That doesn’t mean that we can’t actually explain why we, personally, do what we do.  I would say that the Muslims I know have been some of the most inquisitive about Christian beliefs, some of the most curious about what we believe and do. And, then they share their beliefs with me–it’s a mutual give and take out of plain curiosity. Once relationships are developed with people, they want to know more about you.

In a newly diverse culture, we can only learn to live together by sharing who we are.

4: We aren’t sure how to translate back and forth between Churchanese and Regular Talk.

Reading the room is essential when you’re talking about faith outside of the church. Any religion is another language, and you don’t start speaking another language until you trust that someone understands that language–especially in the way that you intend it.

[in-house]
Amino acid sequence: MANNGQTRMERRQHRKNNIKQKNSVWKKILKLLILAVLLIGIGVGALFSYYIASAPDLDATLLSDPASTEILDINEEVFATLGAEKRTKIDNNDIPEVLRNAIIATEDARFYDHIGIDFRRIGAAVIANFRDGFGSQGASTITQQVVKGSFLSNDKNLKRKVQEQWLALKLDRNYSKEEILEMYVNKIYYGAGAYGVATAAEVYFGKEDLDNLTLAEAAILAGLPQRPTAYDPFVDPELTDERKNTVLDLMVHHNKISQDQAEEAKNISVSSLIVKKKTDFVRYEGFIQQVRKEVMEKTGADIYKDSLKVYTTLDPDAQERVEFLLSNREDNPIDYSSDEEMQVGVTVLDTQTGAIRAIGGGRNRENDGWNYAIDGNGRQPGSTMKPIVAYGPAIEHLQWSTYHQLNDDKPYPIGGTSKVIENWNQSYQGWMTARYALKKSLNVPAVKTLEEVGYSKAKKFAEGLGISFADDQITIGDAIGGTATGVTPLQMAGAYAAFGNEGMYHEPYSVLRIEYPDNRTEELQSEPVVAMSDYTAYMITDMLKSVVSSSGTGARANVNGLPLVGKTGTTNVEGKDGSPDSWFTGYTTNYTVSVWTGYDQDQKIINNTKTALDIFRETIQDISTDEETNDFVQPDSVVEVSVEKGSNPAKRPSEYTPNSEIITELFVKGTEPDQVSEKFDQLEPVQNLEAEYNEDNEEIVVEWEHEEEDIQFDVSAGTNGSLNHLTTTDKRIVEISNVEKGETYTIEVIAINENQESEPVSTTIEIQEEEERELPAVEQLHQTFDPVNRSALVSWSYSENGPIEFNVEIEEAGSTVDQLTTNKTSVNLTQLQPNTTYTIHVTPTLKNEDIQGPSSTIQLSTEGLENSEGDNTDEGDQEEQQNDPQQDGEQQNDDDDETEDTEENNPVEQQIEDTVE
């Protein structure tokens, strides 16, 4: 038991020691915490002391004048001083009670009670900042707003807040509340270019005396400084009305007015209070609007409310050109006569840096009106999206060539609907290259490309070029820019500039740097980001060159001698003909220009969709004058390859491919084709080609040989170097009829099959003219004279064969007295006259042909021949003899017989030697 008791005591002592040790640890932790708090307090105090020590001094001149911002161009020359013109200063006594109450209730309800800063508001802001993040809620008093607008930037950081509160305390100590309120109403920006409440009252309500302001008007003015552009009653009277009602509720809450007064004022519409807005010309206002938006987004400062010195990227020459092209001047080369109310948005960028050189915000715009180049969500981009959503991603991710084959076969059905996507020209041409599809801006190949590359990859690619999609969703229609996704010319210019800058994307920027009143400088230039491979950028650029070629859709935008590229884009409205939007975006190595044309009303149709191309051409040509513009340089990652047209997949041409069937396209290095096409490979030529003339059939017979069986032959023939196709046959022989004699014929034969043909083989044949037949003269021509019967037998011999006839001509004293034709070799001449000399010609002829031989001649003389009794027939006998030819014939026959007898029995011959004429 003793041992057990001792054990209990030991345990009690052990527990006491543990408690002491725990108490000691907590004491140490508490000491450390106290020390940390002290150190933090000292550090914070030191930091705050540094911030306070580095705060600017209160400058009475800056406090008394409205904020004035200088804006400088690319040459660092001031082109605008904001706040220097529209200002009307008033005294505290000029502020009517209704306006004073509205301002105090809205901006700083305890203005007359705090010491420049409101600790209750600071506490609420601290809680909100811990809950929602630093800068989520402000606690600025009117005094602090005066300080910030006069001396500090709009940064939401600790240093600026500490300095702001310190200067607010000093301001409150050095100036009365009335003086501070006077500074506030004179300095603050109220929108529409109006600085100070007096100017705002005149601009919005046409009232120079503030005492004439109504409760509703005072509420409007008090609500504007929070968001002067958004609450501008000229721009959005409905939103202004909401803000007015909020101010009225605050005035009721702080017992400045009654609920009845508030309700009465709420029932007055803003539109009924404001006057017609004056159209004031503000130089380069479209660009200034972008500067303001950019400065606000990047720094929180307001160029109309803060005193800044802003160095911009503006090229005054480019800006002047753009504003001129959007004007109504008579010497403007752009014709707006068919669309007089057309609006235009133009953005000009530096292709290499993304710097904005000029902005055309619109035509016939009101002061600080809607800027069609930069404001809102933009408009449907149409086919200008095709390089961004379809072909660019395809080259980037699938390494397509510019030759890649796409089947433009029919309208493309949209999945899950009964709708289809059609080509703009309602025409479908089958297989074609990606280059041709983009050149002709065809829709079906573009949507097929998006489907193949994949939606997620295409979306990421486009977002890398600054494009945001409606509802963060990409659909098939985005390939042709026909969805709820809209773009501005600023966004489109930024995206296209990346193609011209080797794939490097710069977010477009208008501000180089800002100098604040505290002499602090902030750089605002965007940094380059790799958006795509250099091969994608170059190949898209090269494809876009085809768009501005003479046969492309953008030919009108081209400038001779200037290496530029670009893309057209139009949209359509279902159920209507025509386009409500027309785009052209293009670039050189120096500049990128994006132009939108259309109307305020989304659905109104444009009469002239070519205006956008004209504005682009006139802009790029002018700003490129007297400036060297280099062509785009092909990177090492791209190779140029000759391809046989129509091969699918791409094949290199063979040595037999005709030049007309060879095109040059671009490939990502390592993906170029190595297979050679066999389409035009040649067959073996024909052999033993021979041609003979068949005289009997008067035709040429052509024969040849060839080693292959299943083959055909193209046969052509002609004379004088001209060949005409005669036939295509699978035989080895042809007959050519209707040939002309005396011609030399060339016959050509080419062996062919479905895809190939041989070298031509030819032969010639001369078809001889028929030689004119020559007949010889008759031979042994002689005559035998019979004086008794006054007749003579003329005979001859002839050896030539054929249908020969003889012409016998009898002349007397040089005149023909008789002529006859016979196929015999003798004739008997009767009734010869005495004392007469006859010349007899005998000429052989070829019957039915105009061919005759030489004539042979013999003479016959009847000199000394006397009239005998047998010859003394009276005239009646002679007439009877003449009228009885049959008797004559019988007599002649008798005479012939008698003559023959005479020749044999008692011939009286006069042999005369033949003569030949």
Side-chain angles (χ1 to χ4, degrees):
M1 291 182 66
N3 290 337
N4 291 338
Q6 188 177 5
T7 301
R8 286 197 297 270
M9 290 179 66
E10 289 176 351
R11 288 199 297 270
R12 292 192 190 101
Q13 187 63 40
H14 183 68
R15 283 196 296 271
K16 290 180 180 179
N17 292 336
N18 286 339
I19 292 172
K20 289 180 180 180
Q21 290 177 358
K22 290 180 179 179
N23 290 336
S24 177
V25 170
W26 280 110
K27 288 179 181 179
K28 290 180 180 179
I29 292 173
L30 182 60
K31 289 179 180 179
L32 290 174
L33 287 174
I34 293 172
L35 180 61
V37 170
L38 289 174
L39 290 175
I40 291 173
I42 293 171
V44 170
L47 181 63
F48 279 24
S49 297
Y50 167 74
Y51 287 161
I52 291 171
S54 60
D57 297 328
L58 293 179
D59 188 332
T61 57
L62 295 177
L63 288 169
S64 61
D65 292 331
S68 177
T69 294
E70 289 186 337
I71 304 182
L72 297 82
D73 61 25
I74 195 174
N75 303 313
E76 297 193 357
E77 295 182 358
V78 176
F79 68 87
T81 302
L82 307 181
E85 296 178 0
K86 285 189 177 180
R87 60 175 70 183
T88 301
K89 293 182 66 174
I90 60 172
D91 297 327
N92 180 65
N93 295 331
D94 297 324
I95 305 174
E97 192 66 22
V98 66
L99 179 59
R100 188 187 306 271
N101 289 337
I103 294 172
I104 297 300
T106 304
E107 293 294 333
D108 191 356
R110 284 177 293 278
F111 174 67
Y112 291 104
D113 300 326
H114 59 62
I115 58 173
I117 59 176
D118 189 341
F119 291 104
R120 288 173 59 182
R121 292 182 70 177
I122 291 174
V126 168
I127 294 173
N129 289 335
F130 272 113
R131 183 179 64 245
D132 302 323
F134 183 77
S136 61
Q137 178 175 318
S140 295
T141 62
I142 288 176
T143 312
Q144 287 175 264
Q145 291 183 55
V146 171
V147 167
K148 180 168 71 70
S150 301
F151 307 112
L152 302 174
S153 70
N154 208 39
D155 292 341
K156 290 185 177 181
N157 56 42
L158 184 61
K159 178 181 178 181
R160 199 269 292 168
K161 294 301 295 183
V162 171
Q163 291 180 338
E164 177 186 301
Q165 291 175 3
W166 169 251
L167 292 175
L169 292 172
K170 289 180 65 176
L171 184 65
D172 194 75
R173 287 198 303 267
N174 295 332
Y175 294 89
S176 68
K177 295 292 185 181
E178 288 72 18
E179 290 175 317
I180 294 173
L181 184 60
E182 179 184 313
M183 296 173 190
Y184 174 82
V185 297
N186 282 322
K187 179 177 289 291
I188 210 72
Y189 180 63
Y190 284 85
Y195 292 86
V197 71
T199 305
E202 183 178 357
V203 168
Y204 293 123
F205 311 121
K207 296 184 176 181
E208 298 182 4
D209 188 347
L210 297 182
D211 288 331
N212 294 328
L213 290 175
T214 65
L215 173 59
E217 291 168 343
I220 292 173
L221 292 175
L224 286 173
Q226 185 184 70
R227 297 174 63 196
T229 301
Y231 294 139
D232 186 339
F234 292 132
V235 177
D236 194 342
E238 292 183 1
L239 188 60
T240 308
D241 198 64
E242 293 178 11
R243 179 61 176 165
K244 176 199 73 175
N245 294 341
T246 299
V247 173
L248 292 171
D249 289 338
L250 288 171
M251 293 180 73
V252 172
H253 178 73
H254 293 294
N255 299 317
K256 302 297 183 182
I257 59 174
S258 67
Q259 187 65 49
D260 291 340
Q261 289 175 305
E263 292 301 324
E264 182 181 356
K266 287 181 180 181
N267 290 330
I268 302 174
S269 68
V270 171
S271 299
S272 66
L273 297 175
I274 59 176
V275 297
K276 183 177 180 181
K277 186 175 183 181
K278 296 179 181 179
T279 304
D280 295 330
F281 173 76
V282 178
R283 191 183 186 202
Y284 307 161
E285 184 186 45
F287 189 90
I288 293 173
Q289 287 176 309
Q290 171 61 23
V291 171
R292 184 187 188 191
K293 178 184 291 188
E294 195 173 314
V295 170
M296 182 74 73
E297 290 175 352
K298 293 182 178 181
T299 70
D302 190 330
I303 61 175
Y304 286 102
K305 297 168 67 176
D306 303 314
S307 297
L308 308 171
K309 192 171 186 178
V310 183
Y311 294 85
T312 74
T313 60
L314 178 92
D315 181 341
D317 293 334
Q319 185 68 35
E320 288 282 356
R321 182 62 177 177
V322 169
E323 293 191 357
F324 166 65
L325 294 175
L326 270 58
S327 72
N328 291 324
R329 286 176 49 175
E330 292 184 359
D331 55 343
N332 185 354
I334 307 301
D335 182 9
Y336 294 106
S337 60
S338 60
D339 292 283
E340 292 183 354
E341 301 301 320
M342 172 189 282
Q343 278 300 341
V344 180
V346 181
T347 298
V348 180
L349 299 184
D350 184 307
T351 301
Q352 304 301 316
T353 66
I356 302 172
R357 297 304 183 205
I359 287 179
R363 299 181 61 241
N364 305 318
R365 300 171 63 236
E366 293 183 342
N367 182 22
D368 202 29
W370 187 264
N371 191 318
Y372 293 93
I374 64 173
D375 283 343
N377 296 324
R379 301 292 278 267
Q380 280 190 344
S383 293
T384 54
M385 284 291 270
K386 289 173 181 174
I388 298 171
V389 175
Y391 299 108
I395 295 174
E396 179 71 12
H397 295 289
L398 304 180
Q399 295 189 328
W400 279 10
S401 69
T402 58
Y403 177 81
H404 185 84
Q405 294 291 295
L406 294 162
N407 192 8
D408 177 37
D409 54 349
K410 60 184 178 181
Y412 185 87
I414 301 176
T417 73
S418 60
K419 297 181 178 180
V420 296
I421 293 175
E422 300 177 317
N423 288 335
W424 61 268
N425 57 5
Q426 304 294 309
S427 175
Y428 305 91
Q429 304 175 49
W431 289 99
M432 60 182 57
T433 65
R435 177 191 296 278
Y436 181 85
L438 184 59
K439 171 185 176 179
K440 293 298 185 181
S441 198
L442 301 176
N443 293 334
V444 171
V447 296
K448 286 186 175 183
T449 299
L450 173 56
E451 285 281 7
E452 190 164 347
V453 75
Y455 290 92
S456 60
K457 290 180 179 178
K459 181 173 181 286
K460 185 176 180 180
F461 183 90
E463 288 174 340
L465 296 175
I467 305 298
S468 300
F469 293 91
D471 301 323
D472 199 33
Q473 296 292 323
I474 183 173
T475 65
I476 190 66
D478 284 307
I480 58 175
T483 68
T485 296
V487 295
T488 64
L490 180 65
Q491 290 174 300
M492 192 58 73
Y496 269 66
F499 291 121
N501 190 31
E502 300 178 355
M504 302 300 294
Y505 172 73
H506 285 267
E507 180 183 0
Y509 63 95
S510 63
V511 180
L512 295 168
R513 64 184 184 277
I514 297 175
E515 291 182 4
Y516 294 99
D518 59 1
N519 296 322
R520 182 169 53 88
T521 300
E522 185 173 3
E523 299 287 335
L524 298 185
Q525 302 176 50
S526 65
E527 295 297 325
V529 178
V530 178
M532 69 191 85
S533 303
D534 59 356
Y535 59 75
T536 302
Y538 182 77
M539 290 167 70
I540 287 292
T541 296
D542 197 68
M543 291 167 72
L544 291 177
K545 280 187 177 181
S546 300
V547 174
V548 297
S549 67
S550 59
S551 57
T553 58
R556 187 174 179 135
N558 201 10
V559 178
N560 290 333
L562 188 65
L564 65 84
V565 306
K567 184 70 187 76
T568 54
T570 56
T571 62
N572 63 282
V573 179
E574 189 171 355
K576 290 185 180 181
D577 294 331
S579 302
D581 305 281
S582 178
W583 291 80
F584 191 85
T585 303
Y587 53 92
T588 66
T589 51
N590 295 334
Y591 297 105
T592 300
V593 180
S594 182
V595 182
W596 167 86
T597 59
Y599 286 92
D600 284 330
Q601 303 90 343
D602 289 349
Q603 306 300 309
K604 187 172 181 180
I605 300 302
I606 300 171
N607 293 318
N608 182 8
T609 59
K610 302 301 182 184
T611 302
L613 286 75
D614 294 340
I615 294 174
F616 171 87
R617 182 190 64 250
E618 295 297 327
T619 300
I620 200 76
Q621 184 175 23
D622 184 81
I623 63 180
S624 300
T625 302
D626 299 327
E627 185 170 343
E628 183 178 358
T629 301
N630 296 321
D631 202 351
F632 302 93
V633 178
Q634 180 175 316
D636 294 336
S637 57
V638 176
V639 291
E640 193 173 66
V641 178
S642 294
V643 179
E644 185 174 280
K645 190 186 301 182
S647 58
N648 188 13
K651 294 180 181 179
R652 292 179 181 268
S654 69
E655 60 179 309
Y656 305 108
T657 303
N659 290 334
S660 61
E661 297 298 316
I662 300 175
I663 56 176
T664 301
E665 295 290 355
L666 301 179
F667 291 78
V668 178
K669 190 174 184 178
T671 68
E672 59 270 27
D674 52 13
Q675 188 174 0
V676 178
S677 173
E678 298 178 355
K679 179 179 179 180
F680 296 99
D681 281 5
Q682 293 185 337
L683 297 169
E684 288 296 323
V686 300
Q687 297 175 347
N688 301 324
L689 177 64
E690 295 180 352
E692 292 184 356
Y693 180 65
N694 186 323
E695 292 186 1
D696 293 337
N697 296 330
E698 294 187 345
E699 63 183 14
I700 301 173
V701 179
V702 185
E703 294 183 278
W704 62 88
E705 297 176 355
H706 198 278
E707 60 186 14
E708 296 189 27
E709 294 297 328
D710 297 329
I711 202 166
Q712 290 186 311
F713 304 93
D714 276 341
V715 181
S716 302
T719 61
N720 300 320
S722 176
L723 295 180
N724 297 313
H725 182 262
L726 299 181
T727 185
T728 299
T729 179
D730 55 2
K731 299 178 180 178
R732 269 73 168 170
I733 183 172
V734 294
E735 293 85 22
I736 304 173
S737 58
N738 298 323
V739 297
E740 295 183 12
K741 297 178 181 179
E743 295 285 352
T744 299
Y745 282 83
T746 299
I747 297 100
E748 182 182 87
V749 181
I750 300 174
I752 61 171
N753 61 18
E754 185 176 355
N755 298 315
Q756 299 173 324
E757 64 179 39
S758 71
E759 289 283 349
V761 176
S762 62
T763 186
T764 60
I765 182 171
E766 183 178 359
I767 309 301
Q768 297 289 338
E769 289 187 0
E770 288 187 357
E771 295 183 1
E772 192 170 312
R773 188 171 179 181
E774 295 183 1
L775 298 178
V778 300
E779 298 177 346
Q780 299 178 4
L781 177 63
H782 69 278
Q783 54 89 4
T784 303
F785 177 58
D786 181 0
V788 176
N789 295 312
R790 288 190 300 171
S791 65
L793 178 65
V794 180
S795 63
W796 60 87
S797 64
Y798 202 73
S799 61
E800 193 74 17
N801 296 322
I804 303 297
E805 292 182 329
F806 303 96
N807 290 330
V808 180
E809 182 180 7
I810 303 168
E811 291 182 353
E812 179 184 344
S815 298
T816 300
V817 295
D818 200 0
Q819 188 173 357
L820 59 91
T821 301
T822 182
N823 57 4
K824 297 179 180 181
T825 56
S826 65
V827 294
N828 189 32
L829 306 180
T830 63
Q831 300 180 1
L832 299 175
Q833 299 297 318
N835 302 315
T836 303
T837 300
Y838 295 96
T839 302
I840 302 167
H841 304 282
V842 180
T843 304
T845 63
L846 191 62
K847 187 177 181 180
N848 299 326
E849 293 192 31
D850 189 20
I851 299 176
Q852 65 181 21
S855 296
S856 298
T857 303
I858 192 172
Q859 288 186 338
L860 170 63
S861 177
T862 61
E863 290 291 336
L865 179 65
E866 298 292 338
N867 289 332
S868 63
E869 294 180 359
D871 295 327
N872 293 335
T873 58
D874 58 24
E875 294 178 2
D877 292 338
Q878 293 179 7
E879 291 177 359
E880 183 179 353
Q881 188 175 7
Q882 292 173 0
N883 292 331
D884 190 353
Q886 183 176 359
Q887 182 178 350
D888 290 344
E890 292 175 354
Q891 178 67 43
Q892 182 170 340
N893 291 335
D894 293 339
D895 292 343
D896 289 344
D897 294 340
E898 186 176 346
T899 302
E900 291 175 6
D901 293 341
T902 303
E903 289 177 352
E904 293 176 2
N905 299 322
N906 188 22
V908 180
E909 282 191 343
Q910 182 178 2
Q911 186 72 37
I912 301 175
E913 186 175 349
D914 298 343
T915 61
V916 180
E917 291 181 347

When I tell my story, I translate it a little bit every time. In the Church, I talk about how I experience the great brokenness of myself and the world. I talk about experiences in my life that made me need desperately to believe in a God that walked with us. I talk about how I found healing in communion, and this idea that God feeds us with his own self.

With my friends, who don’t understand or care for any of that language, I tell a different story. I talk about how I struggle with depression and loneliness, and how the rituals and community in the church helps me heal and feel whole. I talk about how important it is to me, when I feel hopeless, to believe in a God decided to become human to prove to us that there is always hope.